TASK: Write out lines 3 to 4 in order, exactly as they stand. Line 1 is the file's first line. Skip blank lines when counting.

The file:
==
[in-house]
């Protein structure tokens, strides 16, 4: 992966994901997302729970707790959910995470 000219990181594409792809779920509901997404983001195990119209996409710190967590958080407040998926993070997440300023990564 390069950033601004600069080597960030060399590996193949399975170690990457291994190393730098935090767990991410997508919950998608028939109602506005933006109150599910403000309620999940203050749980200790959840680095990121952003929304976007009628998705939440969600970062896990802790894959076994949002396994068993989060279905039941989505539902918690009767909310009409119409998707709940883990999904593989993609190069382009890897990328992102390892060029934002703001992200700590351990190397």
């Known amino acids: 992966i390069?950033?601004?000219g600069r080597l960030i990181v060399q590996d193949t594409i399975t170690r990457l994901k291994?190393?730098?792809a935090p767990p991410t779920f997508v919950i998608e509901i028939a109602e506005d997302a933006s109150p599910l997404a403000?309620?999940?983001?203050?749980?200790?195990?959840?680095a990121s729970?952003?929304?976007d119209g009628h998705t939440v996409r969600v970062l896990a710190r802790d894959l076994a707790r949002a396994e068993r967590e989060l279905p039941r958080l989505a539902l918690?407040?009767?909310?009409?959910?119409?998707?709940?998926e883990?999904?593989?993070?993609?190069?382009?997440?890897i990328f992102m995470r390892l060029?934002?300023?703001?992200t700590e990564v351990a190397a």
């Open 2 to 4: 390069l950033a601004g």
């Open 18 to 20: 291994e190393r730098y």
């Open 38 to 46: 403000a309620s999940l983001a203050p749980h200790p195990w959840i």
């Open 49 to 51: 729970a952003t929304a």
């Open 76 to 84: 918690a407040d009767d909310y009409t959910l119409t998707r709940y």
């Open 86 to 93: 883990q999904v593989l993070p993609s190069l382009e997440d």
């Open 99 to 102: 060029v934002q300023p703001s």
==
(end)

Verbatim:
């Known amino acids: 992966i390069?950033?601004?000219g600069r080597l960030i990181v060399q590996d193949t594409i399975t170690r990457l994901k291994?190393?730098?792809a935090p767990p991410t779920f997508v919950i998608e509901i028939a109602e506005d997302a933006s109150p599910l997404a403000?309620?999940?983001?203050?749980?200790?195990?959840?680095a990121s729970?952003?929304?976007d119209g009628h998705t939440v996409r969600v970062l896990a710190r802790d894959l076994a707790r949002a396994e068993r967590e989060l279905p039941r958080l989505a539902l918690?407040?009767?909310?009409?959910?119409?998707?709940?998926e883990?999904?593989?993070?993609?190069?382009?997440?890897i990328f992102m995470r390892l060029?934002?300023?703001?992200t700590e990564v351990a190397a």
């Open 2 to 4: 390069l950033a601004g």